Hungarian Coffee Cake, pieces of buttery dough dipped into butter, rolled in cinnamon/sugar, piled into an Angel food cake pan, baked and topped with frosting. That’s Hungarian Coffee Cake . . . it became known as monkey bread, a beloved breakfast treat!
Hungarian coffee cake became known as monkey bread. It is a beloved dessert and breakfast treat!
2pkg.active dry yeast1/2
1cup2% or whole milk, scalded and cooled
4 1/2 - 5cupsall-purpose flour
Dip: 1 cup sugar, 1/2 cup pecans, and 1 tablespoon cinnamon
Frosting: 3 cups powdered sugar, 3 tablespoons whole milk, 2 tablespoons melted butter, and 1 teaspoon vanilla; add more milk to desired consistency.
Proof the yeast: in a 1 cup Pyrex measuring cup, add the water, yeast, and sugar; set aside to proof for 5 - 10 minutes.
In the bowl of an electric mixer fitted with a paddle attachment, add the proofed yeast, cooled milk, shortening, sugar, salt, eggs and flour; blend together. Switch the paddle attachment to the dough-hook attachment, knead the dough until smooth, possibly adding a bit of flour. At this point, do not leave the Kitchen Aid mixer. It can rock off the table!
Add a couple of teaspoons of corn oil to a bowl. Put the dough in the bowl, turning to coat with the oil. Cover with a clean dish towel; set aside in a warm, draft-free place for 1 1/2 - 2 hours. Punch down dough. Set aside for a second rise; 1 1/2 - 2 hours.
On a lightly floured silicone baking mat, pour out the dough. Using a pastry scraper, cut the dough into walnut-size pieces, brush with butter, dip each piece in the sugar/cinnamon mixture, and drop into an Angle Food cake pan. Cover with a clean dish towel, set aside in a warm, draft-free place for 30 - 45 minutes to rise.
During the rising, preheat oven to 375ºF.
Bake for 30 - 40 minutes, watching carefully towards the end. If it begins to brown too much, cover lightly with a piece of aluminum foil.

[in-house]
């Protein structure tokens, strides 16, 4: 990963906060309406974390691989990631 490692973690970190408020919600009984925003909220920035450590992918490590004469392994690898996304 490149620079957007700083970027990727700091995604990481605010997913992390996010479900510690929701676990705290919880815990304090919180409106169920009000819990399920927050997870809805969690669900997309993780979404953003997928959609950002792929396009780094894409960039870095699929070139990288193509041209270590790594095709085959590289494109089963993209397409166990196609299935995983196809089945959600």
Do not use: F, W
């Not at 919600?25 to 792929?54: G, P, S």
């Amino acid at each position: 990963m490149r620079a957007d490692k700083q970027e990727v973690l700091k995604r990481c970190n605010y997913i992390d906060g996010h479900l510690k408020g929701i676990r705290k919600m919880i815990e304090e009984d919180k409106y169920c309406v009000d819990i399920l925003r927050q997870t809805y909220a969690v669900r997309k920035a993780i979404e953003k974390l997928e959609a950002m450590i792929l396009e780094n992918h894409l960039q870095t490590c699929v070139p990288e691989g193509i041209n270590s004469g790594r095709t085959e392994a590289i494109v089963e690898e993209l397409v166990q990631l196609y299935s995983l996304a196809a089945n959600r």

When the coffee cake is fully baked, the internal temperature should be between 195ºF. - 205ºF.
Cool on a rack.
Remove from pan, smooth the frosting over the top and just over the top's edges.
“The sweetest, juiciest part of an asparagus is in its stalk; the thicker the stalk the more of that sweet, pale green flesh there is.” says Marcella Hazan in her book, Ingredients.
How to buy asparagus:
Purchase thin asparagus for pasta sauces, such as an asparagus, cream and prosciutto sauce, frittatas or risotto. For this use, discard half of the stalk.
Purchase thick asparagus for use on its own, such as roasted asparagus or steamed asparagus. Be sure to peel the stalks!
How to store asparagus:
In a jar large enough to hold the bunch of asparagus, place a crumbled piece of paper towel in it, pour in enough water to cover it by 1″, place the asparagus in it and store in the refrigerator until ready to use.
It will keep for up to a week this way.
How to prepare asparagus:
Before peeling, slice off the bottom of the thick stalk.
If the bottom of the stalk is dry, cut off 1″ more from the bottom of the stalk.
Using a swivel blade vegetable peeler, carefully hold the top of a piece of asparagus, remove the top layer of the dark skin, rotating the stalk of asparagus until the entire stalk’s pale core is exposed.
Repeat with the remaining stalks of asparagus.